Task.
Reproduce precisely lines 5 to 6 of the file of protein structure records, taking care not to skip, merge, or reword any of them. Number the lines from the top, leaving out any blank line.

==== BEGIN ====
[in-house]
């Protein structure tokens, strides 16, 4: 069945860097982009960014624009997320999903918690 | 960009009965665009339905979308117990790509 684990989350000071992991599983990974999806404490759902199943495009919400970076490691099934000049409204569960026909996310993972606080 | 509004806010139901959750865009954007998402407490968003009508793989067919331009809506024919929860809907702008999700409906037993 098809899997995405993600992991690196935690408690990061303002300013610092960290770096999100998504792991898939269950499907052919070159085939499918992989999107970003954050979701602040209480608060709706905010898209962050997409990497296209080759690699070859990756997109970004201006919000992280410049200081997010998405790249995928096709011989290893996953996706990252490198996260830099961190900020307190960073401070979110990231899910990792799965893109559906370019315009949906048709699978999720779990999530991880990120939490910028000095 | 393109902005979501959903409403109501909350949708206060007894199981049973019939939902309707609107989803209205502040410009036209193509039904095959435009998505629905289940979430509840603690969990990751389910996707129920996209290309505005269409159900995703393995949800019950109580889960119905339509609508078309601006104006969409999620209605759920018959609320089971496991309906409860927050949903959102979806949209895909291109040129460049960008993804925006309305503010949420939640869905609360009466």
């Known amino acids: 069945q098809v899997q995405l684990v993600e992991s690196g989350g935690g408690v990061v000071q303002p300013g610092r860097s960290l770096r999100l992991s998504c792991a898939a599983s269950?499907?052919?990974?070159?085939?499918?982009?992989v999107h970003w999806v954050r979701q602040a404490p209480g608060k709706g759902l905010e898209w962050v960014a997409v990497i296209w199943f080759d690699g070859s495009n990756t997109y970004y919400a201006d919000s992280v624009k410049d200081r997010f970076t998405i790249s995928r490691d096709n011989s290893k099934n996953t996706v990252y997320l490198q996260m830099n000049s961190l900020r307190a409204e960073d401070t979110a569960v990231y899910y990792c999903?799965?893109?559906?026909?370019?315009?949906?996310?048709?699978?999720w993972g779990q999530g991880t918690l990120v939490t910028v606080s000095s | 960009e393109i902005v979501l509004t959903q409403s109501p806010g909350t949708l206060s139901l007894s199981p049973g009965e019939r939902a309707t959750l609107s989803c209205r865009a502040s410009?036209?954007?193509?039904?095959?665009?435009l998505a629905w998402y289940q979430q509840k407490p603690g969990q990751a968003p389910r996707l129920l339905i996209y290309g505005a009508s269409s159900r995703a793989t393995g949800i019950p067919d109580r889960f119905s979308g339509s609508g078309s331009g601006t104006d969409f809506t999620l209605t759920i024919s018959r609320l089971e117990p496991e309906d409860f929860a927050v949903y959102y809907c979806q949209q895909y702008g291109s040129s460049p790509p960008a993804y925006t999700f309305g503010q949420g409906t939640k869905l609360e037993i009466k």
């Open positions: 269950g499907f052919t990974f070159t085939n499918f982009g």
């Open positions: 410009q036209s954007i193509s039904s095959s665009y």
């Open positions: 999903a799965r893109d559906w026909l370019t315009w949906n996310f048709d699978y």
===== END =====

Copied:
């Open positions: 410009q036209s954007i193509s039904s095959s665009y």
């Open positions: 999903a799965r893109d559906w026909l370019t315009w949906n996310f048709d699978y």